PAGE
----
There are a few moments that melt my heart when I think about them… and this is the privilege: being able to experience aspects of football through the eyes of a child. The excitement of an evening kick off and incessant questions: “Is there still half time at night games? Is the ball the same colour at night?” Driving him to his first away game at Port Vale in August 1998, his wide-eyed astonishment at seeing big factory chimneys by the M6 motorway: “Wow, is that where Homer Simpson works?” When the teams came out at Wembley, as the fire works went off I felt a tugging at my shirt. I picked Jack up and he said, “I’m going to remember this game for my whole life”. I cried then, and it makes me cry now! His over-excitement when Fabian Wilnis scored against Manchester United: “a bit of wee has just come out” (sorry Jack!). And of course I taught him the off-side rule. Oh, and he learnt to swear, and swear well. I naively thought it was great for Jack to be surrounded by all these positive male role models. My season ticket happened to be next to my sweariest friend. I dropped him off back at his grandparents after one game. The dog jumped up at us, and six year old Jack said “get down Billy you c*nt.” What a conversation stopper, and poor Jack had no idea what he’d just said. There’s no reason why he would have known it was a problem – having spent the afternoon listening to my friend call Richard Naylor just that all afternoon. I did frantic apologising, and they let me carry on bringing him to football. Me and Jack struck a deal about swearing staying at the football from then on.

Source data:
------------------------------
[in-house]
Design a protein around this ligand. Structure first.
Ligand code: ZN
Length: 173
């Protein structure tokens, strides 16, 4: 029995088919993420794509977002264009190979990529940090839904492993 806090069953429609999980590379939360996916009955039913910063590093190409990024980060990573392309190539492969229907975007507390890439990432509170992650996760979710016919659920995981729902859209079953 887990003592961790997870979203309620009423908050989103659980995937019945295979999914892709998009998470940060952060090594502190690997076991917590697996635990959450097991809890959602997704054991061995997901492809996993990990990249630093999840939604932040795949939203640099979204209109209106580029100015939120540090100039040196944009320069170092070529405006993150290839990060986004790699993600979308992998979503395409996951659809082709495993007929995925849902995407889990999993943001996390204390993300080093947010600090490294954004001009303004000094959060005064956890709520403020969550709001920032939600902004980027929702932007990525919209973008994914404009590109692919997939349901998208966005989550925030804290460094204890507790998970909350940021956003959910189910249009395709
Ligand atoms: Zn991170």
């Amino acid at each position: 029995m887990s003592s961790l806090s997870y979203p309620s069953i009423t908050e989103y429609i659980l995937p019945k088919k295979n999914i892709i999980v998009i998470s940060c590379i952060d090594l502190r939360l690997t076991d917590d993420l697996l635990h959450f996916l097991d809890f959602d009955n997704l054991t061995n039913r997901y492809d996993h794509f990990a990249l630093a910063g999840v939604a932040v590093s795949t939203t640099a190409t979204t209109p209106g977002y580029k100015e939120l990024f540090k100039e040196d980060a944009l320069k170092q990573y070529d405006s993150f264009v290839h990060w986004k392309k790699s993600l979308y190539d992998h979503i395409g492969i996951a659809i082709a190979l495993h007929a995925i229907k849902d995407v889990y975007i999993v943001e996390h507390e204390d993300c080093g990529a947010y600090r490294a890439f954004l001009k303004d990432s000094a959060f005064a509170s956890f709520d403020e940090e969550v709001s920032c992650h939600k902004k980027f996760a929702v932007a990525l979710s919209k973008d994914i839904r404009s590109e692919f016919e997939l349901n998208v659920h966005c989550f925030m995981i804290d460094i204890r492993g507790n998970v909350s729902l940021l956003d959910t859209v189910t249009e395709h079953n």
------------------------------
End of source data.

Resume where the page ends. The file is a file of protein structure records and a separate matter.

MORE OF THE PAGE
Football provided other great experiences. I arranged for Jack to be away mascot at Manchester City. You remember that game, the rainiest one ever? Jack didn’t have any football boots (buying the kit and petrol to the game had been struggle enough) and Mark Venus looked at me accusingly in the tunnel, seeing Jack’s flimsy trainers he snapped at me, “Hasn’t he got any proper boots?” Err, no as it happens. A £380 a month bursary to train as a nurse doesn’t really stretch to that kind of luxury. So we got soaked, missed the goal changing in to dry clothes in the tunnel, and by the time we got in to the away end the game had been abandoned. It turned out OK though, as Jack got the chance to be mascot again away at Everton when we won 3-0. He warmed up with Paul Gascoigne, who was absolutely great with all the mascots (although he did give Jack a kick as punishment for Jack somehow managing to nutmeg him). Gradually, as I did with my Dad, Jack and I stopped going to games together. I wanted to stay in the lower north stand, and Jack couldn’t afford it because of the lack of concession priced tickets. So he moved his season ticket upstairs, from where he now watches games with his lovely step-dad. He also has his own son now, so maybe he’ll get to coerce him into falling in love with Ipswich too. Yes, each of us deprived the club of a bit of income through our over the turnstiles antics but we became hooked and therefore dutiful paying customers. I’d hate to add up how much money me, my brother and Jack have spent watching Ipswich since. I’ve had a season ticket for about 24 years, and Jack for 11 years, add on the replica kits, half time food & drink and club shop tat. The club did OK out of it. I’d love to be able to repeat these experiences with my own eight year old daughter. Competition is fierce though, as her Dad has a season ticket in the Barclay End at Carrow Road and we live in Norwich. I’ve got my work cut out. She’d been to one game at each place – a third round FA cup game a few seasons ago – and not really shown any interest since. She came with me to the pub before our first game of the season against Fulham, and was going to play with a friend while I went to the game. To my total surprise, she asked to come to the game with me. I know that there aren’t any concession priced tickets in the lower North Stand, so I was quite happy to pay full price for her. She could stand on my seat and in my mind she’d fall in love with the experience and noise of the North Stand, just as Jack had done. We didn’t even make it as far as my seat. Stopped on the steps by the first steward. “How old is she?” “Eight, why?” “You have to be 12 to sit in here.” “But she’s just going to sit on my lap, this is where my season ticket is.” “Sorry, I don’t make the rules. She’s not coming in.” So I asked to speak to a more senior steward. This one told me that the age restriction was 16 and that it was “FA regulations.” I laughed. “In which case, can you provide me a copy of these FA regulations now, in writing please?” She started back tracking: “Err, well, it’s the club rules, not the FA. We’ve got a duty of care.” “Well, I have parental responsibility and a duty of care for my daughter, and I judge that she can quite safely sit with me.” “But the language can be quite bad in here.” “I know that. If I didn’t want my daughter to hear swearing I wouldn’t bring her to a football match (or as a friend pointed out, with you as a mother if you didn’t want her to hear swearing you wouldn’t ever speak in front of her). Anyway, some of the worst and homophobic language I’ve ever heard here has been in the family enclosure.” At this point, as I was getting increasingly exasperated my daughter burst in to tears. The steward patronisingly said, “Poor thing, doesn’t she like the noise?” Actually, she’s OK with noise – she slept through our band rehearsals from a few months old and has been to plenty of gigs and festivals. And I hate to break it to that steward, but the North Stand isn’t actually that noisy these days. What upset her was that “a fuss” was being made and she knew it was related to her presence. Grudgingly I agreed to go sit in the top tier with her. I’m still angry that if I want to share my love of football with my daughter I would have to move away from the seat that I like, and the friends that I have sat among for years. She seemed to enjoy the game in the end, and declared Murphy her favourite player because a) he scored a goal, b) our cat is called Murphy, c) he “looks like he tells the truth,” d) he has nice boots. Since then though she has said she never wants to go and watch Ipswich again. She didn’t like that “people weren’t friendly.” She’s also found out that Norwich have TWO players called Murphy. If I’m honest, I don’t even know if I want her to fall in love with Ipswich or football at all. Everything is becoming so sterile, bland, stage-managed, lowest common denominator. I’m falling out of love with football, so maybe this was for the best. Or maybe Dad will save the day and start taking her to watch Colchester United.